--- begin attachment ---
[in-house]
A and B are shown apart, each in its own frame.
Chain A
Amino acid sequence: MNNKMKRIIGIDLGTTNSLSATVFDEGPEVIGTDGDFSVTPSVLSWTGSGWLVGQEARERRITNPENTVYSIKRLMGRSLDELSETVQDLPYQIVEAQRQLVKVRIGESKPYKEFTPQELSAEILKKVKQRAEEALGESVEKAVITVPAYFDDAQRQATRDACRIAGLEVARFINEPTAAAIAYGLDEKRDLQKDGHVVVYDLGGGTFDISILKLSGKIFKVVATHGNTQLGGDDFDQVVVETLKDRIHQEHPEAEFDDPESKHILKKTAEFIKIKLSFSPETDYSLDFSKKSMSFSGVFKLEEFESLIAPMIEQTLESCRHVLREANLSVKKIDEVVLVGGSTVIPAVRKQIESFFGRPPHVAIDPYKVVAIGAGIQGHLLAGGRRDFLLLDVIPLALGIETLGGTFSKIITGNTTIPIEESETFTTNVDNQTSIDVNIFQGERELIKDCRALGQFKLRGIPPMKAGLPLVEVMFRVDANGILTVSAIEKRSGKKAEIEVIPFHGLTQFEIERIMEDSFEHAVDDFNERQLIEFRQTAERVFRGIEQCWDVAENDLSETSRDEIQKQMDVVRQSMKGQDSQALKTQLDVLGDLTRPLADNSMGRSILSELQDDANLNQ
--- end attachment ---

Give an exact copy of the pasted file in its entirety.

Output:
[in-house]
A and B are shown apart, each in its own frame.
Chain A
Amino acid sequence: MNNKMKRIIGIDLGTTNSLSATVFDEGPEVIGTDGDFSVTPSVLSWTGSGWLVGQEARERRITNPENTVYSIKRLMGRSLDELSETVQDLPYQIVEAQRQLVKVRIGESKPYKEFTPQELSAEILKKVKQRAEEALGESVEKAVITVPAYFDDAQRQATRDACRIAGLEVARFINEPTAAAIAYGLDEKRDLQKDGHVVVYDLGGGTFDISILKLSGKIFKVVATHGNTQLGGDDFDQVVVETLKDRIHQEHPEAEFDDPESKHILKKTAEFIKIKLSFSPETDYSLDFSKKSMSFSGVFKLEEFESLIAPMIEQTLESCRHVLREANLSVKKIDEVVLVGGSTVIPAVRKQIESFFGRPPHVAIDPYKVVAIGAGIQGHLLAGGRRDFLLLDVIPLALGIETLGGTFSKIITGNTTIPIEESETFTTNVDNQTSIDVNIFQGERELIKDCRALGQFKLRGIPPMKAGLPLVEVMFRVDANGILTVSAIEKRSGKKAEIEVIPFHGLTQFEIERIMEDSFEHAVDDFNERQLIEFRQTAERVFRGIEQCWDVAENDLSETSRDEIQKQMDVVRQSMKGQDSQALKTQLDVLGDLTRPLADNSMGRSILSELQDDANLNQ